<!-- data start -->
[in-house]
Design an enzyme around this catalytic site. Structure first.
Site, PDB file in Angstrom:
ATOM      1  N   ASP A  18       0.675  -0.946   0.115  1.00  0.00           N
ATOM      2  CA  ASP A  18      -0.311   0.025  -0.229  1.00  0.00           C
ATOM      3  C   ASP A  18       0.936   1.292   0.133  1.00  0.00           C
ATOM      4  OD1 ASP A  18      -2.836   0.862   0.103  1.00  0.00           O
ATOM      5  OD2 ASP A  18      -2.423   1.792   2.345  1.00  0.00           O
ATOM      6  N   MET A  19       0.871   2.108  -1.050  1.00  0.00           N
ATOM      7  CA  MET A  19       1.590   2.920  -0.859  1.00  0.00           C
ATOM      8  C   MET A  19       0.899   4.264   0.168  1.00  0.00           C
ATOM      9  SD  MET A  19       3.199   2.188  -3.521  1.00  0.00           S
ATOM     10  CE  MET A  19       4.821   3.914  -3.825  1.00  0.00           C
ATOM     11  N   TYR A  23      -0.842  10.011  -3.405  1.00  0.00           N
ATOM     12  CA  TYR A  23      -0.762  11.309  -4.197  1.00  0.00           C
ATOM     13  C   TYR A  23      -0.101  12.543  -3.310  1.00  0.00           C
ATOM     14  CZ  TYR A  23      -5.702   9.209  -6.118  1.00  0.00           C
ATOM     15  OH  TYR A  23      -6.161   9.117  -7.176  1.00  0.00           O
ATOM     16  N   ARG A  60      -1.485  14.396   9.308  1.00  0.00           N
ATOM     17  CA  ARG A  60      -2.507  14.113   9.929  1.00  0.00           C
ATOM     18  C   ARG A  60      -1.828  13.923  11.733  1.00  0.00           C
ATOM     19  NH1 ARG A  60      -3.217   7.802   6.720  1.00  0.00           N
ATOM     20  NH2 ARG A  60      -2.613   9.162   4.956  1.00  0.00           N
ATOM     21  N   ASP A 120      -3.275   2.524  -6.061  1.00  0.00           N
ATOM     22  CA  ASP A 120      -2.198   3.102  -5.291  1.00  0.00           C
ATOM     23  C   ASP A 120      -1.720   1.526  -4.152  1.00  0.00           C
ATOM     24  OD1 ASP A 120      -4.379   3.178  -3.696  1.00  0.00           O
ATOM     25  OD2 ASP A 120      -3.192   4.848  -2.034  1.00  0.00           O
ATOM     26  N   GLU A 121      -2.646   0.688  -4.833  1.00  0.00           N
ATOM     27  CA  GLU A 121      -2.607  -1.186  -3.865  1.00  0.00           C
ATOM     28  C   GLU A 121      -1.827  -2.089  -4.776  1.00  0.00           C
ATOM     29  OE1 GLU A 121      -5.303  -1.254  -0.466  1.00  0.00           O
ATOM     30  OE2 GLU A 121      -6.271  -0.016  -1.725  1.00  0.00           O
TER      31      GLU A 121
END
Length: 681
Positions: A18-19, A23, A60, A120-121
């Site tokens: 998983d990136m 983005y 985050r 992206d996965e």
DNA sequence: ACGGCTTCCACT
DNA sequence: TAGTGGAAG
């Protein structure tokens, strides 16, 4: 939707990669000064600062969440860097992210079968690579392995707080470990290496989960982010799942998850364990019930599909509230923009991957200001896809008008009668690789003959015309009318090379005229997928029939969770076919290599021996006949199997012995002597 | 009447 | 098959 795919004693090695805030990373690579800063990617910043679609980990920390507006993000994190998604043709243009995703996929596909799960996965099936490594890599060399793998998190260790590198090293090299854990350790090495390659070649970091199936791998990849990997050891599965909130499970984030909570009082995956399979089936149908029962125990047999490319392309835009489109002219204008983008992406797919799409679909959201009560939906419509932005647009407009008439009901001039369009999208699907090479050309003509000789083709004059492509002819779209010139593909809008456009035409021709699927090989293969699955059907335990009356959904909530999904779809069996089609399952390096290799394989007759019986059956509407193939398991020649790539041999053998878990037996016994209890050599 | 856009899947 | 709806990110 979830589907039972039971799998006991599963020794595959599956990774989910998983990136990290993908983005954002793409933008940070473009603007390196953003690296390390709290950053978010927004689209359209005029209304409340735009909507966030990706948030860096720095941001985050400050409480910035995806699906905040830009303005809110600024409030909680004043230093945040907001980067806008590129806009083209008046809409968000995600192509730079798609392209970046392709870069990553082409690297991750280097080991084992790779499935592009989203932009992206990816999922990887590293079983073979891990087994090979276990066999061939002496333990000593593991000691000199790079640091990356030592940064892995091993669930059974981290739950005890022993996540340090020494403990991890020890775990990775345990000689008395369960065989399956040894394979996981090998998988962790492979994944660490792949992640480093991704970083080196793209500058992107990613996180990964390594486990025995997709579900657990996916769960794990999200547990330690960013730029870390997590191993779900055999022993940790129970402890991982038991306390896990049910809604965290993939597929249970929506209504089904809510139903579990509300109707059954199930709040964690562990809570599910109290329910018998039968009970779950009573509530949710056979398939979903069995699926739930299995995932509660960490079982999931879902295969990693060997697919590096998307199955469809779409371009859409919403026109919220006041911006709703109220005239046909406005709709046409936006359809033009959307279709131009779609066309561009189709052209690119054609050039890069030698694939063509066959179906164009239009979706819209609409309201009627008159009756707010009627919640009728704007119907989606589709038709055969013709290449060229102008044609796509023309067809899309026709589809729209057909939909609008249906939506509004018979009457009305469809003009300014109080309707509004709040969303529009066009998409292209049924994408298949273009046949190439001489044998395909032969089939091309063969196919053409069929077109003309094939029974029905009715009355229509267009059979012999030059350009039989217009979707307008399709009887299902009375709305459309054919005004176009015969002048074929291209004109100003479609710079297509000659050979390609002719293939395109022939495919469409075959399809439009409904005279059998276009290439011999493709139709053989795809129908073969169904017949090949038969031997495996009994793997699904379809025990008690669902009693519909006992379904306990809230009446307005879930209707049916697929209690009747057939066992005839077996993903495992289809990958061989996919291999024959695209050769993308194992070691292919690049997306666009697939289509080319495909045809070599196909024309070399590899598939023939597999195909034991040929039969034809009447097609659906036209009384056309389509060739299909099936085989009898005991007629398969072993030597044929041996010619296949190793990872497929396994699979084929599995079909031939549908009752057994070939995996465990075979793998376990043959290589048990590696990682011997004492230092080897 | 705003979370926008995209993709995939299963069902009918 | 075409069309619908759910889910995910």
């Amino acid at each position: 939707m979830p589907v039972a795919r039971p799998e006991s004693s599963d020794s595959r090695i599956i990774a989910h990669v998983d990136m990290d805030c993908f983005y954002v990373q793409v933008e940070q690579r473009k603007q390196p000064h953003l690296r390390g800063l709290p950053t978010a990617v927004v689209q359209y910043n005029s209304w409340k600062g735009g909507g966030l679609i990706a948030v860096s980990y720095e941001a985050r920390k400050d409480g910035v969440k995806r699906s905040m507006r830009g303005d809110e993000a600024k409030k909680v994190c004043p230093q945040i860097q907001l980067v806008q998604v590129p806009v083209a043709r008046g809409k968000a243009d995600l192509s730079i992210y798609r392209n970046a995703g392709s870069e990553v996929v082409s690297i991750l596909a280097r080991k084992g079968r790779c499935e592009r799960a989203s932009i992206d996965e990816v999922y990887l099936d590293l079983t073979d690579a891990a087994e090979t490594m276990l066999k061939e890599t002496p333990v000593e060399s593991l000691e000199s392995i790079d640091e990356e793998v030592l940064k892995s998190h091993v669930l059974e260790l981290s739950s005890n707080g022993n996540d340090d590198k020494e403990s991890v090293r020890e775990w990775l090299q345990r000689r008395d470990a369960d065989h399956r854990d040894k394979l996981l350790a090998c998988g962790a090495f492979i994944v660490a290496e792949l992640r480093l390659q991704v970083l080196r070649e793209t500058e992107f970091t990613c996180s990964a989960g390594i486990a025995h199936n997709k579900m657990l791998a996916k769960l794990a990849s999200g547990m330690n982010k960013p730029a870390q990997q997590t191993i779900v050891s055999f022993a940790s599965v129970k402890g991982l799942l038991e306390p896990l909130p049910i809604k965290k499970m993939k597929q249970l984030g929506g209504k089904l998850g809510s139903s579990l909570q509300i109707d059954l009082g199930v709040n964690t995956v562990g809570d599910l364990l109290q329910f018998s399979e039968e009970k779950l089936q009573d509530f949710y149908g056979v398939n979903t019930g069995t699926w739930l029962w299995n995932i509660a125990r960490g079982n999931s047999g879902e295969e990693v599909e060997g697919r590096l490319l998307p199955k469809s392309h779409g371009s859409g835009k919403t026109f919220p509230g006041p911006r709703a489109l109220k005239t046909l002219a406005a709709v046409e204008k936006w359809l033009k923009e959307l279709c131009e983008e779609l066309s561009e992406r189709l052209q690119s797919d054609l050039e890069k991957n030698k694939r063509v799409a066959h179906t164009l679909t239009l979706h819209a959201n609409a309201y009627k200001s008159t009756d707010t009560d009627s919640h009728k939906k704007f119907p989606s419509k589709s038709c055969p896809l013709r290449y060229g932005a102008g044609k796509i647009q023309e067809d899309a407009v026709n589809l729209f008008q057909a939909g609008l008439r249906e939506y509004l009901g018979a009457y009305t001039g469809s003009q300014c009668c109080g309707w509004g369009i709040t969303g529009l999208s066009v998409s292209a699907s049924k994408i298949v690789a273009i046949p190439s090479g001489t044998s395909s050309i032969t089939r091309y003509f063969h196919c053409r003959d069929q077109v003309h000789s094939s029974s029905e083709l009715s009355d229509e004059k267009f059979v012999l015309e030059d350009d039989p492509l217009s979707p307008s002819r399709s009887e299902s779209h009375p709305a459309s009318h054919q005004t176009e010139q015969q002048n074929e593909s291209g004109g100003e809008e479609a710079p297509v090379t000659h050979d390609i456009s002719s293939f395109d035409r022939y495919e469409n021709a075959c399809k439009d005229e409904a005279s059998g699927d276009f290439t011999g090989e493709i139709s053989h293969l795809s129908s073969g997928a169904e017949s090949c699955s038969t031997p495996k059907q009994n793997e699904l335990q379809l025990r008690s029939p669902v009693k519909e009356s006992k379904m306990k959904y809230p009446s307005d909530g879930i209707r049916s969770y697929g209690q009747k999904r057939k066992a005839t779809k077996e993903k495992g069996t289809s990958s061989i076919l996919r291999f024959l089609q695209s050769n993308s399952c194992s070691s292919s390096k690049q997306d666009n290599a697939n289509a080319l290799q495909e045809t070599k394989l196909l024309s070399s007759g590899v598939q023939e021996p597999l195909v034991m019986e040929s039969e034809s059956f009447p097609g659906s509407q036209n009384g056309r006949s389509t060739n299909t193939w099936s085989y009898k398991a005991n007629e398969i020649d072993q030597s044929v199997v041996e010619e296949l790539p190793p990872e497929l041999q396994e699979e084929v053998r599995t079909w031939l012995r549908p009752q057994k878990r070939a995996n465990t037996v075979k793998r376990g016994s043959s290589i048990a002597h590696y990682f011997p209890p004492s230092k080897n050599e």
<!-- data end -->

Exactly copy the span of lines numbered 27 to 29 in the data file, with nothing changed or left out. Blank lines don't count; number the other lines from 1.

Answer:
ATOM     24  OD1 ASP A 120      -4.379   3.178  -3.696  1.00  0.00           O
ATOM     25  OD2 ASP A 120      -3.192   4.848  -2.034  1.00  0.00           O
ATOM     26  N   GLU A 121      -2.646   0.688  -4.833  1.00  0.00           N